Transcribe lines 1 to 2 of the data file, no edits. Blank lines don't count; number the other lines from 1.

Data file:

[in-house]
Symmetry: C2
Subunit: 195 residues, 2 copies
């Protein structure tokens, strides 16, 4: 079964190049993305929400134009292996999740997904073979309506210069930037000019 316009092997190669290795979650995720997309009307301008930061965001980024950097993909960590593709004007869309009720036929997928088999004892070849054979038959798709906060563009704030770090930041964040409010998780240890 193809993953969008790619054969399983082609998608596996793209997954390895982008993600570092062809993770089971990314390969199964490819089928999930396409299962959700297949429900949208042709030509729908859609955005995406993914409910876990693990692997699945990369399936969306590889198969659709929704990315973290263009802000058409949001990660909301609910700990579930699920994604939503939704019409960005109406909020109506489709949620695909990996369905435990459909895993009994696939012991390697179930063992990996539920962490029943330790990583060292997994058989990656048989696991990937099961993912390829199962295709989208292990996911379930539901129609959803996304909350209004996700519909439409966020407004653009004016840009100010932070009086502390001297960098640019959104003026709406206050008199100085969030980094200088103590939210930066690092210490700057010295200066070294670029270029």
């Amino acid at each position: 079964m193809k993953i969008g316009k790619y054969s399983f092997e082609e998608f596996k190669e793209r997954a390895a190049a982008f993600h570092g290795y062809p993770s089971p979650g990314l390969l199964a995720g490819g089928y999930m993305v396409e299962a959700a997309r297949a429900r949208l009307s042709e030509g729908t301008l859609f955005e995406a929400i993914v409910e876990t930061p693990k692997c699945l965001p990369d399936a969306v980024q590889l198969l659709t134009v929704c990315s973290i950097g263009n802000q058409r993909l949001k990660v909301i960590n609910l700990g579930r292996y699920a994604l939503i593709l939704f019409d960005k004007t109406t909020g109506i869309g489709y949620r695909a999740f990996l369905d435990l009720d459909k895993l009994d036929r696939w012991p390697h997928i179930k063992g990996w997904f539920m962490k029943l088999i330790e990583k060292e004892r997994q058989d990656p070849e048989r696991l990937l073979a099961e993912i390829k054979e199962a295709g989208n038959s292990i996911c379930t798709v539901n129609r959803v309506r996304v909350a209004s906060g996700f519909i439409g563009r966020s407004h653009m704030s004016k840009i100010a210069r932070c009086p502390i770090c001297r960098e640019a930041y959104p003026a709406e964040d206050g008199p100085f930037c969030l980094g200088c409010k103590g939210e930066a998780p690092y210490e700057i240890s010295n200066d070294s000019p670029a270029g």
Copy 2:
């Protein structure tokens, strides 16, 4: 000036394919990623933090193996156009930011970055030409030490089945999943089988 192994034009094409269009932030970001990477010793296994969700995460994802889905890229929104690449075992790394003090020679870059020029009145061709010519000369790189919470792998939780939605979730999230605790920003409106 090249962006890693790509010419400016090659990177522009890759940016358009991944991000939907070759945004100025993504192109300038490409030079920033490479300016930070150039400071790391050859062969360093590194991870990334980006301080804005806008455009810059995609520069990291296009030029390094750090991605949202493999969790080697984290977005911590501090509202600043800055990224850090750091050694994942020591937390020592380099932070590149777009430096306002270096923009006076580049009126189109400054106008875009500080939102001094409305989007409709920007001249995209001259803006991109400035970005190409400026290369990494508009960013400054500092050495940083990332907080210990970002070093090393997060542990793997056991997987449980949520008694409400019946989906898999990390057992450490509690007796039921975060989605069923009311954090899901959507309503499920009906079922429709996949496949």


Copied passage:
[in-house]
Symmetry: C2